If a customer pays a LoCo for a flight, they will hold onto the tax until the flight is carried out, whence they pay the tax people ie when the 'service' has been provided. If the flight is not utilised, the tax is not 'incurred' therefore it is not paid to the authorities. This then falls into the 'pot' of the airline UNLESS it is claimed back, and nowhere is it mentioned that customers can actually get this back (minus the '99p' fare of course!!!!).

With 'no shows' running in the high single digit % points, this must be a very substantial volume of money being held by the companies!
Therefore the question....'Should the public not be made aware of this practice?'

Thoughts and comments welcomed.
BD
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Old 14th Nov 2006, 16:02
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I believe that with most airlines you are normally allowed to claim the per passenger part of the "tax" charge back - less an admin fee for doing so.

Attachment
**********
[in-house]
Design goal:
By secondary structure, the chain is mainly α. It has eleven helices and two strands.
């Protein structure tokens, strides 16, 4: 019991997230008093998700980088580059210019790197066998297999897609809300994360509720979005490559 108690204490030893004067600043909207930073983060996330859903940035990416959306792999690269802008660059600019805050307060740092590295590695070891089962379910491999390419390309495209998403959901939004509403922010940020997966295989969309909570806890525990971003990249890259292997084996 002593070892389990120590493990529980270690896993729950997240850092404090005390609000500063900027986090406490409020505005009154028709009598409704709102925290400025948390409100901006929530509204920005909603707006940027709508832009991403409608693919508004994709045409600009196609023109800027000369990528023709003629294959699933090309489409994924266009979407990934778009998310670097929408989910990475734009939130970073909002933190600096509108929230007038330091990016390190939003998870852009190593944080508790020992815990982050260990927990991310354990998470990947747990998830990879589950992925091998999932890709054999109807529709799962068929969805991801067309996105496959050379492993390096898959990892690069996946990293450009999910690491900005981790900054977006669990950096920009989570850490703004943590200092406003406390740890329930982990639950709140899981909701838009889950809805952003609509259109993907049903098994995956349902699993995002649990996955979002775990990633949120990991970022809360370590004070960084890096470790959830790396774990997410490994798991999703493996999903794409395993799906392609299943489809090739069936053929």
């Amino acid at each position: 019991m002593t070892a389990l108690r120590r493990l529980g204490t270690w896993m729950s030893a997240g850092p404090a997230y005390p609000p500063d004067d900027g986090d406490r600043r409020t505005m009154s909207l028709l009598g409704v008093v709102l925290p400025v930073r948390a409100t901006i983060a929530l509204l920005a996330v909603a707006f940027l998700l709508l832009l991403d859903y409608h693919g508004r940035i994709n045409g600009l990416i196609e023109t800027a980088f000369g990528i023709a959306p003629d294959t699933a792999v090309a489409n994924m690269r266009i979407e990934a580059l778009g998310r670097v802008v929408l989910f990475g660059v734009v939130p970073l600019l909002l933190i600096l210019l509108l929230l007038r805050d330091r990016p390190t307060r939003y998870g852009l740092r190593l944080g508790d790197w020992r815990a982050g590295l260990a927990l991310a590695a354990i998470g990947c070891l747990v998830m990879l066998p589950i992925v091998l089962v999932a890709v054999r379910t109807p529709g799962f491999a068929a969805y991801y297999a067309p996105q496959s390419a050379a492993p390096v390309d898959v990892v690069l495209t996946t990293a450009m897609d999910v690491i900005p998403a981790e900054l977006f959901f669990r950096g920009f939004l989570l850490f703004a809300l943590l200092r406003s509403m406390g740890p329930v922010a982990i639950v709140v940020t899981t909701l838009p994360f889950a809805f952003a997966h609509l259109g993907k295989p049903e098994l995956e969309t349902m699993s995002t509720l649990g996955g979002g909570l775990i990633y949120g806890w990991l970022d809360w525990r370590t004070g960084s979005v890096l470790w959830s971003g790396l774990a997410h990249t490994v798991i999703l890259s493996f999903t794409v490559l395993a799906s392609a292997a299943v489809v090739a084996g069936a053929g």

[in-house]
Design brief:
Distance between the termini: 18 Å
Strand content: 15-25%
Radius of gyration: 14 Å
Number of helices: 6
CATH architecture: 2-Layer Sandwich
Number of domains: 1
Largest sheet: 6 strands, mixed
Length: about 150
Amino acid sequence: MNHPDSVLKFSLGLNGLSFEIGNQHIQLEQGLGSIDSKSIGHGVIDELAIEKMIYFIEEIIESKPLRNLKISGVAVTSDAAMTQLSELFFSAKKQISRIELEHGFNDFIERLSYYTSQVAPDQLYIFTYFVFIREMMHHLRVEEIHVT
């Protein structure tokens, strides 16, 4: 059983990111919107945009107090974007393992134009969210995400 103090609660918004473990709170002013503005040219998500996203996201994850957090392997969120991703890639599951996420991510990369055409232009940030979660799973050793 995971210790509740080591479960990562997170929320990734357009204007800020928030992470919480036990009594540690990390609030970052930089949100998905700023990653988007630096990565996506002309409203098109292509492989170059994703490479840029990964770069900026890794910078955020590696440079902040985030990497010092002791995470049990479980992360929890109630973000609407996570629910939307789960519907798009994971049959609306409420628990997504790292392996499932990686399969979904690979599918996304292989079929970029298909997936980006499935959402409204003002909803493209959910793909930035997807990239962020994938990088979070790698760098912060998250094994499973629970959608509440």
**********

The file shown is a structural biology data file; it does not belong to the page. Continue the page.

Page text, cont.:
As for "tax" being a percentage it is not always but also depends on how you define tax. My personal definition is any charge that is levied on goods / services by the government or by a government owned company.

In this way airline passenger duty is a tax (even though it is officially a duty) and is a fixed amount per person (ie 5 on most UK to EU low cost carriers).
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Old 15th Nov 2006, 19:53
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Originally Posted by Bob Down
With 'certain' LoCo's (not sure if all but a fair bet) if you make a booking and then for any reason cancel this, you cannot get a 'refund'. All well and good. However, what happens to the tax????
...
Therefore the question....'Should the public not be made aware of this practice?'
I believe that the airlines have to refund the tax on request if the sector is not flown, as they're not entitled to simply keep it for themselves. However, they are entitled to make an administrative charge to process the refund if the customer requests one. In many cases, this charge exceeds the amount of tax to be refunded, so nothing is left.

The airline is then pocketing your cash, but not because it's keeping the tax but because it's keeping the administrative charge that it's entitled to make.

And it's entitled to make that charge, of course, because it's part of the terms and conditions of your ticket.